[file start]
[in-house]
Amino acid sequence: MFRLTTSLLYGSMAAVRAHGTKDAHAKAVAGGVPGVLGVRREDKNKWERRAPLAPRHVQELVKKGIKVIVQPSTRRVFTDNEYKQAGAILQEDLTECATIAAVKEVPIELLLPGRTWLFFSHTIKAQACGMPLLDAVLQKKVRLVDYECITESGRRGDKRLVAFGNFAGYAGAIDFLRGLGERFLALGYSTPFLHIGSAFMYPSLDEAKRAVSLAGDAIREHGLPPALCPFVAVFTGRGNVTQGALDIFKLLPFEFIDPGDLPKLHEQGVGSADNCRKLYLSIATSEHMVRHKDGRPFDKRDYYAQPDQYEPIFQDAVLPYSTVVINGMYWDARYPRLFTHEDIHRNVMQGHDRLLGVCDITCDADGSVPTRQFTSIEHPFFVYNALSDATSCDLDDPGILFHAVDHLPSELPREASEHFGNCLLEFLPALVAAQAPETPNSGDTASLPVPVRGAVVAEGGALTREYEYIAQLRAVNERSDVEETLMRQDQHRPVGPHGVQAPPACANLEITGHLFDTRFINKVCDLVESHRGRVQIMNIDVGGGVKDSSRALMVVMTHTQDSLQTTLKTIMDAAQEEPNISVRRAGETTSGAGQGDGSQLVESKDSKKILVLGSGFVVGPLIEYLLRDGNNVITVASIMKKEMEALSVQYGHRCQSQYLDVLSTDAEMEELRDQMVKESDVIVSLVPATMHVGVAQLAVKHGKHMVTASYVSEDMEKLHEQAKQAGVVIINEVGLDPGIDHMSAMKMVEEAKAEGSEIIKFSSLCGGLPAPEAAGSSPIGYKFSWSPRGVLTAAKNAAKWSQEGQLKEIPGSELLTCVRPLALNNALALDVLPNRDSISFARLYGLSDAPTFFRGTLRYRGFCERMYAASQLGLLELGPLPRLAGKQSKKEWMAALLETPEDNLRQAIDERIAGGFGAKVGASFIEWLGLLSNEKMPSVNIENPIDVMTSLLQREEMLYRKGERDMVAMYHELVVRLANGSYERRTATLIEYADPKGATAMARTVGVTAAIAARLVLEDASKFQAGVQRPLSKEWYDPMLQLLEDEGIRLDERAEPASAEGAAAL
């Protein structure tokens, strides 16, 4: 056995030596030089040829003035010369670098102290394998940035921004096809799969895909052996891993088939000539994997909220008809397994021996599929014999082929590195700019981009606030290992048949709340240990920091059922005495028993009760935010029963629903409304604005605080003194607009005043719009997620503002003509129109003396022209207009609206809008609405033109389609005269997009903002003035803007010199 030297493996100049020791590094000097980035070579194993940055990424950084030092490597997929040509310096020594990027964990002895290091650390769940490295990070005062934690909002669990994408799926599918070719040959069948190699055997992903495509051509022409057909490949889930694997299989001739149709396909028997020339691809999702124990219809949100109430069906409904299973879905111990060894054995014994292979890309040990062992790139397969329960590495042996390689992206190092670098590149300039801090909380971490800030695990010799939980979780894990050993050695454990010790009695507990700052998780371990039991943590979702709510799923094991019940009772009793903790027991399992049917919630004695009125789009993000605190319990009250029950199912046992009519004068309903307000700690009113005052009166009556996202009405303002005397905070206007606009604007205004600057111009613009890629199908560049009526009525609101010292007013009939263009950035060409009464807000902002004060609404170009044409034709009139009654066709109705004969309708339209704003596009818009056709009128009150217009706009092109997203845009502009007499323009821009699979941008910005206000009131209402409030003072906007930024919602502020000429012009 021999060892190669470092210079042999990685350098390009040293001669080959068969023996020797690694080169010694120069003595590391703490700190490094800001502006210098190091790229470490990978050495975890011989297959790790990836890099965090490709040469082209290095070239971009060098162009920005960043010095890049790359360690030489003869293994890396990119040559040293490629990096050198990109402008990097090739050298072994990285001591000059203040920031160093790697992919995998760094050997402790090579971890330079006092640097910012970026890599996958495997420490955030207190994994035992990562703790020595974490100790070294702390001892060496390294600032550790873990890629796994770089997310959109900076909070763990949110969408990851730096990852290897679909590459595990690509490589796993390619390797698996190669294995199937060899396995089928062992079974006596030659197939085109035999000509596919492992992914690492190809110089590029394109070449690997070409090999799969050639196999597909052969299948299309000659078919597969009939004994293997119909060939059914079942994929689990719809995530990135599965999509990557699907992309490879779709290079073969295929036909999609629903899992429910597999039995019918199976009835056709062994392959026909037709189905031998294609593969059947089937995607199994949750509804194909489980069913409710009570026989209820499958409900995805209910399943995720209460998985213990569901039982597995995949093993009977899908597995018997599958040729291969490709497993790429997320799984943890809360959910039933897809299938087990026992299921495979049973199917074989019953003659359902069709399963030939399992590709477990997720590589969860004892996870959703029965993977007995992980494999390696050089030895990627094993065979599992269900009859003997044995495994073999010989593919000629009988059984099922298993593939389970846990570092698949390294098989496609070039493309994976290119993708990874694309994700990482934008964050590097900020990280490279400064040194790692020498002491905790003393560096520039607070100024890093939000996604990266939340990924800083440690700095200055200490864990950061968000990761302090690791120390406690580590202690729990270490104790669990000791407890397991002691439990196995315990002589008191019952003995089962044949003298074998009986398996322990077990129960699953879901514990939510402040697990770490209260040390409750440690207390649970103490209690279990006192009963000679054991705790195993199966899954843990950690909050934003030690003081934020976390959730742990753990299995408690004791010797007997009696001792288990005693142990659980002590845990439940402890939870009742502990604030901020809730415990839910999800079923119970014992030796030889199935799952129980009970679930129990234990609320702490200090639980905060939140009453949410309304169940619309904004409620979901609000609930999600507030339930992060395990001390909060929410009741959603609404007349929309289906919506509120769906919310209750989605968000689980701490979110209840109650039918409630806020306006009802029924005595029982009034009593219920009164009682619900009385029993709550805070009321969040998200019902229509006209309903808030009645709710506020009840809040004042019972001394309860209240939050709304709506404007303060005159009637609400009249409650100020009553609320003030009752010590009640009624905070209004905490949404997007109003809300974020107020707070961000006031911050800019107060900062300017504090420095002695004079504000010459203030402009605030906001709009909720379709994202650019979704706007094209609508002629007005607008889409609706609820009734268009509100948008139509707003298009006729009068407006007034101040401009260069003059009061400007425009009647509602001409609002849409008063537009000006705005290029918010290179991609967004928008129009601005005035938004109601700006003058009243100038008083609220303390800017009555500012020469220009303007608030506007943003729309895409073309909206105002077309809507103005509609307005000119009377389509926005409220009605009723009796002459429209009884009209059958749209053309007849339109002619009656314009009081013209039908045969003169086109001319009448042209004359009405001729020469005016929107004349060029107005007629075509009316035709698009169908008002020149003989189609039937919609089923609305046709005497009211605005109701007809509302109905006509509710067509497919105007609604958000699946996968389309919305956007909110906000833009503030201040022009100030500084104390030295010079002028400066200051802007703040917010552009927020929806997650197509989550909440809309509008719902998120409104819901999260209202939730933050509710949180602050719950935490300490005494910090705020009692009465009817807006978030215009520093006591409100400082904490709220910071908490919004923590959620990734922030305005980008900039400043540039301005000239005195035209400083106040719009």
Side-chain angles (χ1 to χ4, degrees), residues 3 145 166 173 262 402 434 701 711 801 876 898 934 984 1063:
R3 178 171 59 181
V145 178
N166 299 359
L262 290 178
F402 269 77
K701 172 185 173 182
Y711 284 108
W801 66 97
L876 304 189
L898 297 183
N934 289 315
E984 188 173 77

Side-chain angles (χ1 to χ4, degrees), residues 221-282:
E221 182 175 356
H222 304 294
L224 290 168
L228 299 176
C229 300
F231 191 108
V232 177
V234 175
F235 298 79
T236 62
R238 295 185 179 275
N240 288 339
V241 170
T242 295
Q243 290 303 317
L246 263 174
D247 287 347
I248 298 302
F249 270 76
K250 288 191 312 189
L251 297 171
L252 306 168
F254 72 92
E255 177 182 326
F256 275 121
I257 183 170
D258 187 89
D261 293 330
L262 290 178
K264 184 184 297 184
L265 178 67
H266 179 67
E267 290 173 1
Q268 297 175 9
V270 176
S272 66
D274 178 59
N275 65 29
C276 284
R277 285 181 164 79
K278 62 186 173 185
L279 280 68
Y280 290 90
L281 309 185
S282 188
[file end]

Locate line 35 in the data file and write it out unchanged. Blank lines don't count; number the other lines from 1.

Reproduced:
I248 298 302